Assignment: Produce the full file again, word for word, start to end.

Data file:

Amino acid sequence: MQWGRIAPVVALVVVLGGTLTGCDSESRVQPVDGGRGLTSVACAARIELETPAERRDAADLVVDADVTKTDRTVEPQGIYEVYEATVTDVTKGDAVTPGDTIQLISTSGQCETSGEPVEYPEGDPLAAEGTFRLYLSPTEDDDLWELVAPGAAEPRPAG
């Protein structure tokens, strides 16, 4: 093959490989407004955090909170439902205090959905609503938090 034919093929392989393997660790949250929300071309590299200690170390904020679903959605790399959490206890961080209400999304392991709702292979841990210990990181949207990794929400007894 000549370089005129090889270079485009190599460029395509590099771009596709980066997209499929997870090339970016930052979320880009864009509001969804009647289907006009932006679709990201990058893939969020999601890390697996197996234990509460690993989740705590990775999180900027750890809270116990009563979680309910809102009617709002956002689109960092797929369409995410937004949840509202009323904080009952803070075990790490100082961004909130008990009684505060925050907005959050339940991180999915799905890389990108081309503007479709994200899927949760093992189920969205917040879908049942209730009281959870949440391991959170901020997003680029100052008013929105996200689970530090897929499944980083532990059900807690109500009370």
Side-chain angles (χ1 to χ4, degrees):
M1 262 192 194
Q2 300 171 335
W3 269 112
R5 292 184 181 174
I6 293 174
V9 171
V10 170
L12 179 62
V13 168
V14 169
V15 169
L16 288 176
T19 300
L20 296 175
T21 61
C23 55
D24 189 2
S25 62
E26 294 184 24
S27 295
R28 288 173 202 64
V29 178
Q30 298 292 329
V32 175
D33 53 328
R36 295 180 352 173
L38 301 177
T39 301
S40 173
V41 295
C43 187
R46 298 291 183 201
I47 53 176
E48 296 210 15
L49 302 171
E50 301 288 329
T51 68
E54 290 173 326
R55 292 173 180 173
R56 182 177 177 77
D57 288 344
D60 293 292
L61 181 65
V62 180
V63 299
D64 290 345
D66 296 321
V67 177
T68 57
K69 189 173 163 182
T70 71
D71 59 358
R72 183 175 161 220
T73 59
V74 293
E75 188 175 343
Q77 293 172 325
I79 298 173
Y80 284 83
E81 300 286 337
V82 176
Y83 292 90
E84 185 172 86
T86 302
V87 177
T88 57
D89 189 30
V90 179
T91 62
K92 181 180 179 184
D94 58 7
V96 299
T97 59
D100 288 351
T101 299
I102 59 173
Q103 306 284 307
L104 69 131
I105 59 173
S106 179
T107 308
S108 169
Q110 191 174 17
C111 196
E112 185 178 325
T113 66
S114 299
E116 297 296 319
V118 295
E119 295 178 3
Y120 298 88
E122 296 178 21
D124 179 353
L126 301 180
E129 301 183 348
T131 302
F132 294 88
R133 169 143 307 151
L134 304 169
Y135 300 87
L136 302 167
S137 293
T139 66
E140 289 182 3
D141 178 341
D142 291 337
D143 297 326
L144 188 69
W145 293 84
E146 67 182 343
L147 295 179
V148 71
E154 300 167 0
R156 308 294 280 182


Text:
Amino acid sequence: MQWGRIAPVVALVVVLGGTLTGCDSESRVQPVDGGRGLTSVACAARIELETPAERRDAADLVVDADVTKTDRTVEPQGIYEVYEATVTDVTKGDAVTPGDTIQLISTSGQCETSGEPVEYPEGDPLAAEGTFRLYLSPTEDDDLWELVAPGAAEPRPAG
């Protein structure tokens, strides 16, 4: 093959490989407004955090909170439902205090959905609503938090 034919093929392989393997660790949250929300071309590299200690170390904020679903959605790399959490206890961080209400999304392991709702292979841990210990990181949207990794929400007894 000549370089005129090889270079485009190599460029395509590099771009596709980066997209499929997870090339970016930052979320880009864009509001969804009647289907006009932006679709990201990058893939969020999601890390697996197996234990509460690993989740705590990775999180900027750890809270116990009563979680309910809102009617709002956002689109960092797929369409995410937004949840509202009323904080009952803070075990790490100082961004909130008990009684505060925050907005959050339940991180999915799905890389990108081309503007479709994200899927949760093992189920969205917040879908049942209730009281959870949440391991959170901020997003680029100052008013929105996200689970530090897929499944980083532990059900807690109500009370």
Side-chain angles (χ1 to χ4, degrees):
M1 262 192 194
Q2 300 171 335
W3 269 112
R5 292 184 181 174
I6 293 174
V9 171
V10 170
L12 179 62
V13 168
V14 169
V15 169
L16 288 176
T19 300
L20 296 175
T21 61
C23 55
D24 189 2
S25 62
E26 294 184 24
S27 295
R28 288 173 202 64
V29 178
Q30 298 292 329
V32 175
D33 53 328
R36 295 180 352 173
L38 301 177
T39 301
S40 173
V41 295
C43 187
R46 298 291 183 201
I47 53 176
E48 296 210 15
L49 302 171
E50 301 288 329
T51 68
E54 290 173 326
R55 292 173 180 173
R56 182 177 177 77
D57 288 344
D60 293 292
L61 181 65
V62 180
V63 299
D64 290 345
D66 296 321
V67 177
T68 57
K69 189 173 163 182
T70 71
D71 59 358
R72 183 175 161 220
T73 59
V74 293
E75 188 175 343
Q77 293 172 325
I79 298 173
Y80 284 83
E81 300 286 337
V82 176
Y83 292 90
E84 185 172 86
T86 302
V87 177
T88 57
D89 189 30
V90 179
T91 62
K92 181 180 179 184
D94 58 7
V96 299
T97 59
D100 288 351
T101 299
I102 59 173
Q103 306 284 307
L104 69 131
I105 59 173
S106 179
T107 308
S108 169
Q110 191 174 17
C111 196
E112 185 178 325
T113 66
S114 299
E116 297 296 319
V118 295
E119 295 178 3
Y120 298 88
E122 296 178 21
D124 179 353
L126 301 180
E129 301 183 348
T131 302
F132 294 88
R133 169 143 307 151
L134 304 169
Y135 300 87
L136 302 167
S137 293
T139 66
E140 289 182 3
D141 178 341
D142 291 337
D143 297 326
L144 188 69
W145 293 84
E146 67 182 343
L147 295 179
V148 71
E154 300 167 0
R156 308 294 280 182